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California's wildfire season really has started earlier than usual this year.
The state's biggest fires usually don't strike until August or later. This year, California already is besieged with two major fires, and it's the first week of July.
The County and Pawnee fires have burned through a combined 85,000 acres northwest of Sacramento and aren't done yet.
The County Fire, which roared to life in rural Yolo County on Saturday afternoon, was spreading at nearly 1,000 acres per hour. It quickly spilled into Napa and Lake counties and was only 5 percent contained early Tuesday.
The 10-day-old Pawnee Fire was a more reassuring 80 percent contained on Monday, but it already had jumped its containment line once, and mandatory evacuations remained in effect for the Double Eagle subdivision of Lake County.
The two fires are merely a taste of what's to come, the earliest markers of what's shaping up as a particularly nasty year, fire officials and climatologists said Monday.
"It has been basically very dry since the beginning of April," said Paul Ullrich, a climatologist at UC Davis. "I wouldn't be surprised if the (fire) season is among the worst on record."
Already this year, Cal Fire has responded to 2,626 fires. That's about 260 more than at the same time a year ago, said agency spokesman Scott McLean.
McLean said it has gotten to the point that one fire season is bleeding into the next. "We're responding to wildland fires year round now," he said.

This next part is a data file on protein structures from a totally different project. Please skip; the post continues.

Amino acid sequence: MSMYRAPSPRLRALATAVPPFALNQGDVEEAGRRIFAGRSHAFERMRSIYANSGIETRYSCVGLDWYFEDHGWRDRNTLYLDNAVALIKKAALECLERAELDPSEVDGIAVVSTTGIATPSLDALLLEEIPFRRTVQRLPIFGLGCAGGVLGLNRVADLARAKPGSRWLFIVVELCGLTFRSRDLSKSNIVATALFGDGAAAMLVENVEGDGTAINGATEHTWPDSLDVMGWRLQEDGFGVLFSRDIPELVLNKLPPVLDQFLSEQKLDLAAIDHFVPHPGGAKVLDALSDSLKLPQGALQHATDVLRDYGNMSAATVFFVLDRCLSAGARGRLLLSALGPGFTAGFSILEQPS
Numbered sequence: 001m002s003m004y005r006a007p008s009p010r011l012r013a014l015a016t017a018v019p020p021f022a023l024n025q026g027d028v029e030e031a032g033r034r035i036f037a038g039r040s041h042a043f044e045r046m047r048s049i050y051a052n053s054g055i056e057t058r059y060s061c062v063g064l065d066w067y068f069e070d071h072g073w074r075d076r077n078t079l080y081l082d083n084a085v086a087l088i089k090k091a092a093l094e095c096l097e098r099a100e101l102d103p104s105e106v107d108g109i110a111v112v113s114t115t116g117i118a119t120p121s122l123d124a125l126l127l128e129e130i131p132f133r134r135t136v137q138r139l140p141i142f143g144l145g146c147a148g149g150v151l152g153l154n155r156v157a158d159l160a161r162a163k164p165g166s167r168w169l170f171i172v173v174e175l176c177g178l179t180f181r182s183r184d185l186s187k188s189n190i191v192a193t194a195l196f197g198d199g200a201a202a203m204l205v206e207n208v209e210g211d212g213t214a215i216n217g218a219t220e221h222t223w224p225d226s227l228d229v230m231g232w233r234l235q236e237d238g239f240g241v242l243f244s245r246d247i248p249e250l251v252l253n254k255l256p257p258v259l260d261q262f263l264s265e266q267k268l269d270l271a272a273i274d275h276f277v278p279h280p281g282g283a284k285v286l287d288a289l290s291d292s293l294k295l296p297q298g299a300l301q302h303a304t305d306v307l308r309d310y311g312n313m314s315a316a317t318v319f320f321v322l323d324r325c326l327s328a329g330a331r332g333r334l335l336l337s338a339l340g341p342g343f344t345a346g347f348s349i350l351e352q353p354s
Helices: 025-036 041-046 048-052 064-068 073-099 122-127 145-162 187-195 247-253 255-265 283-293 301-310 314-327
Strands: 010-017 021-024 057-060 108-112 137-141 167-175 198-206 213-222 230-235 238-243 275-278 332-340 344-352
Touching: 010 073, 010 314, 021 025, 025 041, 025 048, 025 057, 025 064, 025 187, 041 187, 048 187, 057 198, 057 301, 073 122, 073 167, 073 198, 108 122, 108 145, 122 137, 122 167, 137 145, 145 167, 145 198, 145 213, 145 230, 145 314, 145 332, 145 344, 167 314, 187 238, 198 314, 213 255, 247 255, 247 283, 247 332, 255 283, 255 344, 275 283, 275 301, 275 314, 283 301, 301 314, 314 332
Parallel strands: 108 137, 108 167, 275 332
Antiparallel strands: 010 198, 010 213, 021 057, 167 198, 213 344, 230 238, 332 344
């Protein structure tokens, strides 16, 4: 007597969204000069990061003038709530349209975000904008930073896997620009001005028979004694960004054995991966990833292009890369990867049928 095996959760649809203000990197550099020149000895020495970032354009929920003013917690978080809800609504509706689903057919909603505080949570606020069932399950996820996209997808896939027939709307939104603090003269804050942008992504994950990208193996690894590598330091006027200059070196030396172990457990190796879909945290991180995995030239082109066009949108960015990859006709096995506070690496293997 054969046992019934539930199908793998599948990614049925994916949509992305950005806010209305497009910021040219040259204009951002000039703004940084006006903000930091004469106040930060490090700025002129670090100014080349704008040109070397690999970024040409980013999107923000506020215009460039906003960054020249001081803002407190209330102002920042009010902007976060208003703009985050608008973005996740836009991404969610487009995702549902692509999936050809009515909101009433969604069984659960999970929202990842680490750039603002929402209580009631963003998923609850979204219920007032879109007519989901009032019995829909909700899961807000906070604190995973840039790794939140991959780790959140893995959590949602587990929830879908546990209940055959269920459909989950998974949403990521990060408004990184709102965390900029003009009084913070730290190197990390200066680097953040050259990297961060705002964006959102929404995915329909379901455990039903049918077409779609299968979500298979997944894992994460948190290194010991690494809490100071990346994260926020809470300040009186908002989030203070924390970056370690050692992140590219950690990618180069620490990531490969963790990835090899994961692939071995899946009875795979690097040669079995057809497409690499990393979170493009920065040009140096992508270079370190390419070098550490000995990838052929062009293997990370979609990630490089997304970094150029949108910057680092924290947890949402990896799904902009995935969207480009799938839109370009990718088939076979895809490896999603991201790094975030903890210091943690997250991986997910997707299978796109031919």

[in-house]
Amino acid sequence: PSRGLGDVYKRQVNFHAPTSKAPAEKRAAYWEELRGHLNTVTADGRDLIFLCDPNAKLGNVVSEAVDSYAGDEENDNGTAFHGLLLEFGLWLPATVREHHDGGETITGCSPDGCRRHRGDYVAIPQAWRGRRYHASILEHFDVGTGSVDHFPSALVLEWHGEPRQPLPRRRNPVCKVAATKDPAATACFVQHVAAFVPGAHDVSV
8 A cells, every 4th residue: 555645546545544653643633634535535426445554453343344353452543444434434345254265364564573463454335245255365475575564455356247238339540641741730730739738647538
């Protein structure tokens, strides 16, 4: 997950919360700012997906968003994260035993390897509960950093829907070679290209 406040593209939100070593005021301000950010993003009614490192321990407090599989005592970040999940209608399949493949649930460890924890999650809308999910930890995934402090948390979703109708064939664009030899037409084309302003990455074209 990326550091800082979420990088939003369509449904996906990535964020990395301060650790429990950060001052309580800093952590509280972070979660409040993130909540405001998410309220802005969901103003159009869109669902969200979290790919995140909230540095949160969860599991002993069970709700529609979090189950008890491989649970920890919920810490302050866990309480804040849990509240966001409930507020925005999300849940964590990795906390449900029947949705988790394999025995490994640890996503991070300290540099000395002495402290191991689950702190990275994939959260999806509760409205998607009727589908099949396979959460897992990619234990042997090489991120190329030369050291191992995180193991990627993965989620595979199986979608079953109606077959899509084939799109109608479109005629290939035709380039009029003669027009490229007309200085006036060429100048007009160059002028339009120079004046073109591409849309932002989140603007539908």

He added that the season is just getting geared up. "Southern California hasn't even lit off yet," he said. "And usually they start first, and the north follows up."
That could change in a matter of days: The National Weather Service on Monday warned of "potentially critical fire weather" in the Los Angeles area later this week, as temperatures hit triple digits.
Why has the fire season shifted dates on the calendar? The reason partially has to do with climate change, said UCLA climatologist Daniel Swain. Simply put, California is getting hotter.
"The overriding signal is that when it's warmer, whatever vegetation that's there ... it has the potential to burn more," Swain said.
The situation has turned dire the past two years. A cruel combination of weather extremes — the record rainfalls of 2017 followed by two summers of scorching heat — left a rich carpet of highly combustible grass and other vegetation.
The results have been almost predictable. Last year saw the deadliest and costliest wildfires in California history: the wine country fires, which killed 44 people in October.